Raw character n-grams: Don't ignore any bytes and don't pre-process them.


UTF8 characters: Variable length encoding.


Default word n-grams: One token is a word consisting of letters, digits and decimal digit are replaced by <NUMBER>, and everything else is ignored. A space is inserted when n-grams are formed.


UTF8 analogue of the "character" type: from a UTF8 encoded text reads letters, sequences of all other characters are replaced by a space, letters are turned uppercase

One can also modify type, creating its own type, by fine-tuning several parameters (they can be undefined):

$o->{skiprex} - regular expression for ignoring stuff between tokens.

$o->{skipinsert} - string to replace a skiprex match that makes string too short (efficiency issue)

$o->{tokenrex} - regular expression for recognizing a token. If it is empty, it means chopping off one character.

$o->{processtoken} - routine for token preprocessing. Token is given and returned in $_.

$o->{allow_iproc} - boolean, if set to true (1) allows for incomplete tokens to be preprocessed and put back (efficiency motivation)

$o->{inputlayer} - input layer to be put on the input stream by the function binmode before reading from a given stream and to be removed by ***binmode HANDLE,":pop"*** after the reading from the particular stream is done. Has to be a real layer (like ":encoding(utf8)"), not a pseudo layer (like ":utf8") so that the psuedo layer ":pop" is able to remove this input layer

For example, the types character, byte, and word are defined in the foolowing way:

  if ($params{type} eq 'character') {
      $self->{skiprex} = '';
      $self->{tokenrex} = qr/([a-zA-Z]|[^a-zA-Z]+)/;
      $self->{processtoken} =  sub { s/[^a-zA-Z]+/ /; $_ = uc $_ }
      $self->{allow_iproc} = 1;
  elsif ($params{type} eq 'byte') {
      $self->{skiprex} = '';
      $self->{tokenrex} = '';
      $self->{processtoken} = '';
  elsif ($params{type} eq 'utf8') {
      $self->{skiprex} = '';
      $self->{tokenrex} =
      $self->{processtoken} = '';
  elsif ($params{type} eq 'word') {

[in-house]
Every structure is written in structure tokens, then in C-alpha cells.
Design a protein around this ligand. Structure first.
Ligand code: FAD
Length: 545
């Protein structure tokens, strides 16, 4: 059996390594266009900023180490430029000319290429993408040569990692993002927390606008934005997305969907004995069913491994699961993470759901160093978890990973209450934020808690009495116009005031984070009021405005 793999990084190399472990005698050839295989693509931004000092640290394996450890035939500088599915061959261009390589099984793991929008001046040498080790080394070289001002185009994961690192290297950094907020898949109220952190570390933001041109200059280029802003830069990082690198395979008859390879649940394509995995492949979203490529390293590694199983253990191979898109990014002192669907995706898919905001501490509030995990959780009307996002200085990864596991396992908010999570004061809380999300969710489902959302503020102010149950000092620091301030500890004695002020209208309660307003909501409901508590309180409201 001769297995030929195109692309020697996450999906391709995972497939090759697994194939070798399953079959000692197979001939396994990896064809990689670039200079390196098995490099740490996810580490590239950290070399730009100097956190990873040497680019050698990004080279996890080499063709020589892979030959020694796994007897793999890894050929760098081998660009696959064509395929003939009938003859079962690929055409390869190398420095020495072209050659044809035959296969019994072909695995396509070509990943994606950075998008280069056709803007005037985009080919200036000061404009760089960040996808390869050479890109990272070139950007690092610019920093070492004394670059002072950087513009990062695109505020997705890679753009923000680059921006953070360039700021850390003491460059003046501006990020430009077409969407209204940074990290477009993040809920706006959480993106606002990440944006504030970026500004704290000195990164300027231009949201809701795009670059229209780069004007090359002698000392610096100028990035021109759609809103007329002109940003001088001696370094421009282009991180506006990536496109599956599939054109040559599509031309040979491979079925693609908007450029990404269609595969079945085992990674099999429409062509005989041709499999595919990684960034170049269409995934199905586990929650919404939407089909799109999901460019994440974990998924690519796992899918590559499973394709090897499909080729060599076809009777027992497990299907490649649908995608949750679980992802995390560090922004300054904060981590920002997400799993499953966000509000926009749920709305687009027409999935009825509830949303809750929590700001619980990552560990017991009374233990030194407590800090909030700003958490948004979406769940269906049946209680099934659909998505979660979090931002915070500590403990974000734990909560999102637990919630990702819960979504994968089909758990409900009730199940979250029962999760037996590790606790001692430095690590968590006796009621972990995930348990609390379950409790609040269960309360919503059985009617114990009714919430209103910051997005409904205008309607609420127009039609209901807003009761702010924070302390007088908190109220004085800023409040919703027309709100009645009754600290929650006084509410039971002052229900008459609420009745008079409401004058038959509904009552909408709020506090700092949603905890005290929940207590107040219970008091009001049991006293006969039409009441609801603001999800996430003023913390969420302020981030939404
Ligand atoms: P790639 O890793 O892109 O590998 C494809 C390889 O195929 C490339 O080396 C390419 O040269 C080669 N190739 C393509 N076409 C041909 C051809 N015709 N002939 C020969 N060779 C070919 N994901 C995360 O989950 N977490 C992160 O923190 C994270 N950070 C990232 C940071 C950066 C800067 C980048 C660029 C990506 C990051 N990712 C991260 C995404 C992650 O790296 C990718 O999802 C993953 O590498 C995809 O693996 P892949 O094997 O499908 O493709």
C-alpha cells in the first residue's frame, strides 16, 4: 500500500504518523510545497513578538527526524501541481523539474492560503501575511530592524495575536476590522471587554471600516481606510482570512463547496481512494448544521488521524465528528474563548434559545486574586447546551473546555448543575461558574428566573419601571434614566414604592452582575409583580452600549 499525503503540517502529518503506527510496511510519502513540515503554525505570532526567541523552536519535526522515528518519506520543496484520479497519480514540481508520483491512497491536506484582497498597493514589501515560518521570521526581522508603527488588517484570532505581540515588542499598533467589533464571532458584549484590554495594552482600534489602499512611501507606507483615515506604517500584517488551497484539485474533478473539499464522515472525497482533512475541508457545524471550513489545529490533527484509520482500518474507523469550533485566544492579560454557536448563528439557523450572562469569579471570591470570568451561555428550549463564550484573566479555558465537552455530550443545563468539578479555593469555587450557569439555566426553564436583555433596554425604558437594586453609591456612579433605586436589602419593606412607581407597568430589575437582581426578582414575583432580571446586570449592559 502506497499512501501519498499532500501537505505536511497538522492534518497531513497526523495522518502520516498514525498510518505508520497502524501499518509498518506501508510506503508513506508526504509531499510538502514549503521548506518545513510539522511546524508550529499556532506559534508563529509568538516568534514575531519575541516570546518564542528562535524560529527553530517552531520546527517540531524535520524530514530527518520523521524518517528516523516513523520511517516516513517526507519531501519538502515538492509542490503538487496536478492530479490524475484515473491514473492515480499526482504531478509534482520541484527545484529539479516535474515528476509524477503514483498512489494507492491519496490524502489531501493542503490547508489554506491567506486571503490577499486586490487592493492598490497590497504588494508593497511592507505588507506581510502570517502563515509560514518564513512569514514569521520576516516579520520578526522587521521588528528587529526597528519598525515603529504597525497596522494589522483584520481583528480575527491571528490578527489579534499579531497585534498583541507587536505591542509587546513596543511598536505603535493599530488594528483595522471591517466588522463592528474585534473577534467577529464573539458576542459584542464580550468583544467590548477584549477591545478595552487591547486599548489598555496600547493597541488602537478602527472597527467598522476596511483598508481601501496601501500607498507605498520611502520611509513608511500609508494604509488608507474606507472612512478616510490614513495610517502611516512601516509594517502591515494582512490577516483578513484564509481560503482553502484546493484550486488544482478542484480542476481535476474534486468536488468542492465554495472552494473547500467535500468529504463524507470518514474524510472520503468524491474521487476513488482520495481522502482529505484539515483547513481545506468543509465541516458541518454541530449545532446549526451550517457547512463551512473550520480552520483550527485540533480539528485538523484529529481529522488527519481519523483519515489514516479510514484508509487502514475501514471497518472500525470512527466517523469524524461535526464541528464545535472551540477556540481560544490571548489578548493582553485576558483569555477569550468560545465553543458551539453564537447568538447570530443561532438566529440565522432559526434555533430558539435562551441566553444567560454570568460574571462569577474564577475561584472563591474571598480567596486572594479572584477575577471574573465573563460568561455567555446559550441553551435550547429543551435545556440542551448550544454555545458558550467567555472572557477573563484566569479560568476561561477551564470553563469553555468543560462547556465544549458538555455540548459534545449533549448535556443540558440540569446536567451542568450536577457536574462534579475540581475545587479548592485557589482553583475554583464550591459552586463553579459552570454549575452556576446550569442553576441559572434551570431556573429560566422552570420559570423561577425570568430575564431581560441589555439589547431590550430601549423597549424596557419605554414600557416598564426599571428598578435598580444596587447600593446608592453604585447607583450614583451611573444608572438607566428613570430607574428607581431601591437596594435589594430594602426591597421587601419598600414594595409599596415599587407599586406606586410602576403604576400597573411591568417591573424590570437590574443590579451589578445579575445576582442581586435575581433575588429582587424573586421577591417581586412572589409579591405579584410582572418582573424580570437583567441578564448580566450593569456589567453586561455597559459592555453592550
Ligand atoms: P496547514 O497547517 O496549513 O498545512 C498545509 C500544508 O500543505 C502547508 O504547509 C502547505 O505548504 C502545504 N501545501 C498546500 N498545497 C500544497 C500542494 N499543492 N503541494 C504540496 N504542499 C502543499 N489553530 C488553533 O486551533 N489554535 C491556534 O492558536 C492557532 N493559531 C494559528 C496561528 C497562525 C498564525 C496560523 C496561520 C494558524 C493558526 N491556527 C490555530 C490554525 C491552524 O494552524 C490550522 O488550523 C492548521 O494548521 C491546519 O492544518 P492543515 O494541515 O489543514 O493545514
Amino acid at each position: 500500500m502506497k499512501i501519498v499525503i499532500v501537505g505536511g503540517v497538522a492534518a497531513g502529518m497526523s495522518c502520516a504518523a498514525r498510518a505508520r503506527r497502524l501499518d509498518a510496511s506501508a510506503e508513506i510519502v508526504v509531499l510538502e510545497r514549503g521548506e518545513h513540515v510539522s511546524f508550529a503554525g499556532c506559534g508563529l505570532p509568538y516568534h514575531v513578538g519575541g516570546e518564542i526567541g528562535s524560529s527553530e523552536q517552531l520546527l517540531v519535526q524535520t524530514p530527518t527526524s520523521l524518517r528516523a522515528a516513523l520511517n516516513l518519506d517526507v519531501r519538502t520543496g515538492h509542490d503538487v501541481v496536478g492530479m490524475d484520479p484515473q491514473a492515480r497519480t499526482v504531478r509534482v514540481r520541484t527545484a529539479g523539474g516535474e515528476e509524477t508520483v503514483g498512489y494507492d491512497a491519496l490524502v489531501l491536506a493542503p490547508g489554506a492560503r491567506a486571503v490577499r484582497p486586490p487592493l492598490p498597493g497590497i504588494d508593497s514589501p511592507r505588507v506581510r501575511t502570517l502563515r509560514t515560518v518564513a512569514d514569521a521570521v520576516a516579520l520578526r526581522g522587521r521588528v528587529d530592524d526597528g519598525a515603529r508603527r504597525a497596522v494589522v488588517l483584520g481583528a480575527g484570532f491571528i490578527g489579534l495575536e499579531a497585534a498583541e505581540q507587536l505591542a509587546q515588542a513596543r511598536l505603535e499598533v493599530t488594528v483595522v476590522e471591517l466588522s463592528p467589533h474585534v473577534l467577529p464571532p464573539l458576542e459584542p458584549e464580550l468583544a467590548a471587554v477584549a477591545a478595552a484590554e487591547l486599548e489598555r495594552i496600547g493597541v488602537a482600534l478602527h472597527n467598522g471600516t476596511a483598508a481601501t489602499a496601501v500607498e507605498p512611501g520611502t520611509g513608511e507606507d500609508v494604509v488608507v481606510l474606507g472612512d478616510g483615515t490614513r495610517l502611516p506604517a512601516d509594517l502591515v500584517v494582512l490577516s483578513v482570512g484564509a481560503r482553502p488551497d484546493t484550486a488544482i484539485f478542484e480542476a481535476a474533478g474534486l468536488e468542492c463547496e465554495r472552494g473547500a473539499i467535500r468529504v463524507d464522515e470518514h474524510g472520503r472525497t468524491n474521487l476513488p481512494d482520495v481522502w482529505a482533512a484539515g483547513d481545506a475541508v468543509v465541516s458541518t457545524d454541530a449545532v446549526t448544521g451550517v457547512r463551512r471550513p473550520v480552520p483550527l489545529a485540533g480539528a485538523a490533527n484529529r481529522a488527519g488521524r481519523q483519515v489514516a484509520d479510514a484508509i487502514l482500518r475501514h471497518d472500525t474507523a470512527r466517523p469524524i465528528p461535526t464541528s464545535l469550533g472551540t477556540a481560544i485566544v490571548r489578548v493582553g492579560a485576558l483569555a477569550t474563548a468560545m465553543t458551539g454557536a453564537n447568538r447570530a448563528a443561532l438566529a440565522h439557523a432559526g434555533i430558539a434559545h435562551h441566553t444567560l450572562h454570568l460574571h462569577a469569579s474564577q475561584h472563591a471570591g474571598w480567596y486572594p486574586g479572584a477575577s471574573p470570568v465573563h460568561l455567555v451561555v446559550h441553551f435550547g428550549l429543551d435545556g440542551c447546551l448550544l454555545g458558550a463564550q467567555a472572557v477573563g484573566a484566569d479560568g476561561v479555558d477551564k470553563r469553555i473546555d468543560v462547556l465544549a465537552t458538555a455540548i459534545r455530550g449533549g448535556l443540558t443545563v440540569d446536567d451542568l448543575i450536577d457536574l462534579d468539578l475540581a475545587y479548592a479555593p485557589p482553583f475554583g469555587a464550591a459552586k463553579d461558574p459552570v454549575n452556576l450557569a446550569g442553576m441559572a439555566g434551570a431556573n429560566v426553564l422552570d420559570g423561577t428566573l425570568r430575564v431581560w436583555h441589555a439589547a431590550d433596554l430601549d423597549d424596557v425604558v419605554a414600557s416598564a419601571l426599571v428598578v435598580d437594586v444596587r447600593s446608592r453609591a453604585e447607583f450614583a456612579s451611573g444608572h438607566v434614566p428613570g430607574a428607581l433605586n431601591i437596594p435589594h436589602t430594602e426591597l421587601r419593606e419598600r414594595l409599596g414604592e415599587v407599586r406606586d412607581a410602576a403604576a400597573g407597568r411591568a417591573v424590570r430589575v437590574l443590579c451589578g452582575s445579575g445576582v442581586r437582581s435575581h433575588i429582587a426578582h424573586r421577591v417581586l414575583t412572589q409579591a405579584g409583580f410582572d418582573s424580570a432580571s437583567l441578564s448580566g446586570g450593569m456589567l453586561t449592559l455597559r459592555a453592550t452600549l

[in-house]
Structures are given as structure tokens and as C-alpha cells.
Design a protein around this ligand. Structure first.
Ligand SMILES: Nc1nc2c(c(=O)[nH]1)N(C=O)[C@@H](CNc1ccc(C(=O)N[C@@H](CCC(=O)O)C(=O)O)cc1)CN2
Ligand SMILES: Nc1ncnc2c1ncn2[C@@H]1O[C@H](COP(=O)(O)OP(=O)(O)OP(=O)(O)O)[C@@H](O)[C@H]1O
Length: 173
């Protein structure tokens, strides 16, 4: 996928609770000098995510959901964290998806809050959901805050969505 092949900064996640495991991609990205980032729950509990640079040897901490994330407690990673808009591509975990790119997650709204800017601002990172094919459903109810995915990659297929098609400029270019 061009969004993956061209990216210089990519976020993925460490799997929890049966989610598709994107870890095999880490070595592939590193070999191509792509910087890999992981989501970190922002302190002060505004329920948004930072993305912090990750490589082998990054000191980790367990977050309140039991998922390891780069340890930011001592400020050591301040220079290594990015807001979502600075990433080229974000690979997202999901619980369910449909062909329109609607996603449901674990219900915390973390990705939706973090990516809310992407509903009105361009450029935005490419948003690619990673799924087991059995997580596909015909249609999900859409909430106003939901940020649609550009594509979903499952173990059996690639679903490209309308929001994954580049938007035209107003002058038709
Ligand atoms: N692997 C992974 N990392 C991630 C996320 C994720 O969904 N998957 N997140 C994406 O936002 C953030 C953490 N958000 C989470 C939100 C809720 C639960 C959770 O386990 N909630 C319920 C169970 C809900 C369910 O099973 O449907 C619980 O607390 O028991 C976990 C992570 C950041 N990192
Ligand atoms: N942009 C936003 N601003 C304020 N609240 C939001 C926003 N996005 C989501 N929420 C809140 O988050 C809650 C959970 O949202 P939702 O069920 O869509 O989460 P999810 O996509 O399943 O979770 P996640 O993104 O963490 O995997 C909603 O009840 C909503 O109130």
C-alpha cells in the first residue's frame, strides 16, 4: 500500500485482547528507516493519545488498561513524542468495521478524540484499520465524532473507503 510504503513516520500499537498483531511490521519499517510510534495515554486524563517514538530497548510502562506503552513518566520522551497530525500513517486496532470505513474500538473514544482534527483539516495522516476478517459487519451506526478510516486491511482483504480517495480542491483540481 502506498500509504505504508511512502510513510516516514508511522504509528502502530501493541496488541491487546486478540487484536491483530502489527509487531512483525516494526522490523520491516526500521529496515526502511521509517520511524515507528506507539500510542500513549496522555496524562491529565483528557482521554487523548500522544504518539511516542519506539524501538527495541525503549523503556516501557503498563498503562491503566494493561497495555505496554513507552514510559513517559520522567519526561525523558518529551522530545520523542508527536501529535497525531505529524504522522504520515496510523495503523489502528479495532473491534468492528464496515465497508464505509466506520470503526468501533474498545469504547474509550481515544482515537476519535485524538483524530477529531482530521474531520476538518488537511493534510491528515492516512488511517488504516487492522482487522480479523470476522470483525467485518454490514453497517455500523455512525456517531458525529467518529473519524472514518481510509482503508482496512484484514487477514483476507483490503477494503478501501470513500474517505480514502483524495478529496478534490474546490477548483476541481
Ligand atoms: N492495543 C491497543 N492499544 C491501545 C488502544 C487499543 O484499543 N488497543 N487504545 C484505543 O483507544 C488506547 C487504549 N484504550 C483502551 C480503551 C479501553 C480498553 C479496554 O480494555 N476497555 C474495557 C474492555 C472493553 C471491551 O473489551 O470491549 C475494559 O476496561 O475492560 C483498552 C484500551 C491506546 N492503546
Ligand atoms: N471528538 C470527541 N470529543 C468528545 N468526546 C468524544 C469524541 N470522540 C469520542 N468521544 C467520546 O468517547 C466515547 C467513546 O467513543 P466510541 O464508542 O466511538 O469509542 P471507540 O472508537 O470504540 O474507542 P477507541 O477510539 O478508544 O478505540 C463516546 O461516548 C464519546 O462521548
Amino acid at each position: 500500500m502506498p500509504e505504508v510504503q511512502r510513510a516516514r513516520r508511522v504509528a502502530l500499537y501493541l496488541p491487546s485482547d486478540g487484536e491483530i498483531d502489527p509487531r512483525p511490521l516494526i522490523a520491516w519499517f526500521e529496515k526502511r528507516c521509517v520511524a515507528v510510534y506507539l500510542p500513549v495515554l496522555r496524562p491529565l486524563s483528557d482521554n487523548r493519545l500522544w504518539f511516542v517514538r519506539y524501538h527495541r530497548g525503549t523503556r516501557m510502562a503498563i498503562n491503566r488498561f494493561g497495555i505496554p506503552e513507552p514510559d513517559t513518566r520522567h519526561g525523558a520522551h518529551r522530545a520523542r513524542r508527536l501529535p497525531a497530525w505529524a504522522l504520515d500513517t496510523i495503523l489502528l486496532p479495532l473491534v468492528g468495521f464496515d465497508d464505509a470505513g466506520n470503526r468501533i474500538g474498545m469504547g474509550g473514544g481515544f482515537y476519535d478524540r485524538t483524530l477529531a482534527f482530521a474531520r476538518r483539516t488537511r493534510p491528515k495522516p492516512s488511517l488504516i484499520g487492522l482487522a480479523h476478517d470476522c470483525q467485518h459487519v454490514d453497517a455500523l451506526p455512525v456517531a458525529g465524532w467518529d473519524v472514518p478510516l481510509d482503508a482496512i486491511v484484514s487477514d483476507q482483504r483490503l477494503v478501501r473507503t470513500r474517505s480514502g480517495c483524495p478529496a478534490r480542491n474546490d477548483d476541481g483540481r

$self->{skiprex} = qr/[^a-zA-Z0-9]+/;
      $self->{skipinsert} = ' ';
      $self->{tokenrex} =
      $self->{processtoken} = sub
        { s/(\d+(\.\d+)?|\d*\.\d+)([eE][-+]?\d+)?/<NUMBER>/ }

feed_tokens ( list of tokens )

  $ng3->feed_tokens('b', 'c');

This function supplies tokens directly.

process_text ( list of strings )

  $ng->process_text('The brown quick fox, brown fox, brown fox ...');

Process text, i.e., break each string into tokens and feed them.

process_files ( file_names or file_handle_references)

A usage example:


This method is used to process one or more files, similarly to processing text. The files are processed line by line, so there should be no multi-line tokens. Instead of filenames we can also give as arguments file handle references when a file is already open. In this way, we can use the standard input handle as in:


get_ngrams ( n => NUMBER, orderby => 'ngram|frequency|none', onlyfirst => NUMBER, out => filename|handle,normalize=>1)

Returns an array of requested n-grams and their friequencies in order (ngram1, f1, ngram2, f2, ...). The use of parameters is identical to the function to_string, except that the option 'spartan' is not applicable to get_ngrams function.



The parameter n specifies the size of n-grams being retrieved. The default value is the windowsize field. It should be less or equal than windowsize.

to_string ( orderby => 'ngram|frequency|none', onlyfirst => NUMBER, out => filename|handle, normalize => 1, spartan => 1 )

Some examples:

  print $ng3->to_string;
  print $ng->to_string( orderby=>'frequency' );
  print $ng->to_string( orderby=>'frequency', onlyfirst=>10000 );
  print $ng->to_string( orderby=>'frequency', onlyfirst=>10000,
                        normalize=>1 );

Produce string representation of the n-gram tables.



The parameter orderby specifies the order of n-grams. The default value is 'ngram'.


The parameter onlyfirst causes printing only this many first n-grams for each n. It is incompatible with orderby='none'>.


The method to_string produces n-gram tables. However, if those tables are large and we know that we will write them to a file right after processing, it may save memory and time to provide the parameter out, which is a filename or reference to a file handle. (Experiments on my machine do not show significant improvement nor degradation.) Filename will be opened and closed, while the file handle will not.


This is a boolean parameter. By default, it is false (''), in which case n-gram counts are produced. If it is true (e.g., 1), the output will contain normalized frequencies; i.e., n-gram counts divided by the total number of n-grams of the same size.